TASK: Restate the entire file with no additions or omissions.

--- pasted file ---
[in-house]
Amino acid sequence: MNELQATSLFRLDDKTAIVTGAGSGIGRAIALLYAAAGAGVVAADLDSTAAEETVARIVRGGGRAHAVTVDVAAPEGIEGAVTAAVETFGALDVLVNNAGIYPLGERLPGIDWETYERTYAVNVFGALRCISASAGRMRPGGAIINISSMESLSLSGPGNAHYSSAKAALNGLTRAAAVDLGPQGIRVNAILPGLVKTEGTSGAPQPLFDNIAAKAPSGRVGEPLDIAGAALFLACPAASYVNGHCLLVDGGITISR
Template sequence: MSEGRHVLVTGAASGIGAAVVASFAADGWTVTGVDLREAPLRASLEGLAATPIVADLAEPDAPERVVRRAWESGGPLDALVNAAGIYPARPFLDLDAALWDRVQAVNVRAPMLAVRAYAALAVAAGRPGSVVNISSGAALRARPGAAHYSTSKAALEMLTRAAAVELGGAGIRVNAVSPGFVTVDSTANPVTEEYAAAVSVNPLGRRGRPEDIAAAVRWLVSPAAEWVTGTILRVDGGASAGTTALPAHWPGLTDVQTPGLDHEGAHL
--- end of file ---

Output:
[in-house]
Amino acid sequence: MNELQATSLFRLDDKTAIVTGAGSGIGRAIALLYAAAGAGVVAADLDSTAAEETVARIVRGGGRAHAVTVDVAAPEGIEGAVTAAVETFGALDVLVNNAGIYPLGERLPGIDWETYERTYAVNVFGALRCISASAGRMRPGGAIINISSMESLSLSGPGNAHYSSAKAALNGLTRAAAVDLGPQGIRVNAILPGLVKTEGTSGAPQPLFDNIAAKAPSGRVGEPLDIAGAALFLACPAASYVNGHCLLVDGGITISR
Template sequence: MSEGRHVLVTGAASGIGAAVVASFAADGWTVTGVDLREAPLRASLEGLAATPIVADLAEPDAPERVVRRAWESGGPLDALVNAAGIYPARPFLDLDAALWDRVQAVNVRAPMLAVRAYAALAVAAGRPGSVVNISSGAALRARPGAAHYSTSKAALEMLTRAAAVELGGAGIRVNAVSPGFVTVDSTANPVTEEYAAAVSVNPLGRRGRPEDIAAAVRWLVSPAAEWVTGTILRVDGGASAGTTALPAHWPGLTDVQTPGLDHEGAHL